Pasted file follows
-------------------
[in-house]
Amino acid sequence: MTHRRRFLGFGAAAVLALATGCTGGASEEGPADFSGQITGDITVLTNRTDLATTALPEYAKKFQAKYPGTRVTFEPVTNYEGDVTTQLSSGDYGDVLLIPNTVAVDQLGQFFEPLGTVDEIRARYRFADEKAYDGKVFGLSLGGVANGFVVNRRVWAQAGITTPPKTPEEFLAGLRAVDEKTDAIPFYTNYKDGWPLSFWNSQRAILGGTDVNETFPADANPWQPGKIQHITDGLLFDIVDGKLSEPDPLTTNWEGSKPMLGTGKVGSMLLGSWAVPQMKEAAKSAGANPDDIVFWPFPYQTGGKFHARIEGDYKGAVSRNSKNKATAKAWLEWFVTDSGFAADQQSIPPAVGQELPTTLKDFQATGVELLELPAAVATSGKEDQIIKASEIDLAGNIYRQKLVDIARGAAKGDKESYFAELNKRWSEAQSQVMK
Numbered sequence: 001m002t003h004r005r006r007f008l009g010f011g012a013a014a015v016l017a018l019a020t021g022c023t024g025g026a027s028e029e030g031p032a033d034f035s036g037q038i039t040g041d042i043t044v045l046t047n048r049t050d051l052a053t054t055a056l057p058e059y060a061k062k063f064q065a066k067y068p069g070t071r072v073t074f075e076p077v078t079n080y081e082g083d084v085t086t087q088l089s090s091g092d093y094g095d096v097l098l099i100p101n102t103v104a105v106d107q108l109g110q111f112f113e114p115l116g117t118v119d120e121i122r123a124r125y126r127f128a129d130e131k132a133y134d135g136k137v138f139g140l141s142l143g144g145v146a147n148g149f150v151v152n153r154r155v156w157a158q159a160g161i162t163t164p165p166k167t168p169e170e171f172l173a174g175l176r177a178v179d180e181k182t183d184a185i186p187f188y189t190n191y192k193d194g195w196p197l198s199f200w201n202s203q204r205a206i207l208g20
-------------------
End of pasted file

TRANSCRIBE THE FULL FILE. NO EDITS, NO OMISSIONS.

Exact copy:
[in-house]
Amino acid sequence: MTHRRRFLGFGAAAVLALATGCTGGASEEGPADFSGQITGDITVLTNRTDLATTALPEYAKKFQAKYPGTRVTFEPVTNYEGDVTTQLSSGDYGDVLLIPNTVAVDQLGQFFEPLGTVDEIRARYRFADEKAYDGKVFGLSLGGVANGFVVNRRVWAQAGITTPPKTPEEFLAGLRAVDEKTDAIPFYTNYKDGWPLSFWNSQRAILGGTDVNETFPADANPWQPGKIQHITDGLLFDIVDGKLSEPDPLTTNWEGSKPMLGTGKVGSMLLGSWAVPQMKEAAKSAGANPDDIVFWPFPYQTGGKFHARIEGDYKGAVSRNSKNKATAKAWLEWFVTDSGFAADQQSIPPAVGQELPTTLKDFQATGVELLELPAAVATSGKEDQIIKASEIDLAGNIYRQKLVDIARGAAKGDKESYFAELNKRWSEAQSQVMK
Numbered sequence: 001m002t003h004r005r006r007f008l009g010f011g012a013a014a015v016l017a018l019a020t021g022c023t024g025g026a027s028e029e030g031p032a033d034f035s036g037q038i039t040g041d042i043t044v045l046t047n048r049t050d051l052a053t054t055a056l057p058e059y060a061k062k063f064q065a066k067y068p069g070t071r072v073t074f075e076p077v078t079n080y081e082g083d084v085t086t087q088l089s090s091g092d093y094g095d096v097l098l099i100p101n102t103v104a105v106d107q108l109g110q111f112f113e114p115l116g117t118v119d120e121i122r123a124r125y126r127f128a129d130e131k132a133y134d135g136k137v138f139g140l141s142l143g144g145v146a147n148g149f150v151v152n153r154r155v156w157a158q159a160g161i162t163t164p165p166k167t168p169e170e171f172l173a174g175l176r177a178v179d180e181k182t183d184a185i186p187f188y189t190n191y192k193d194g195w196p197l198s199f200w201n202s203q204r205a206i207l208g20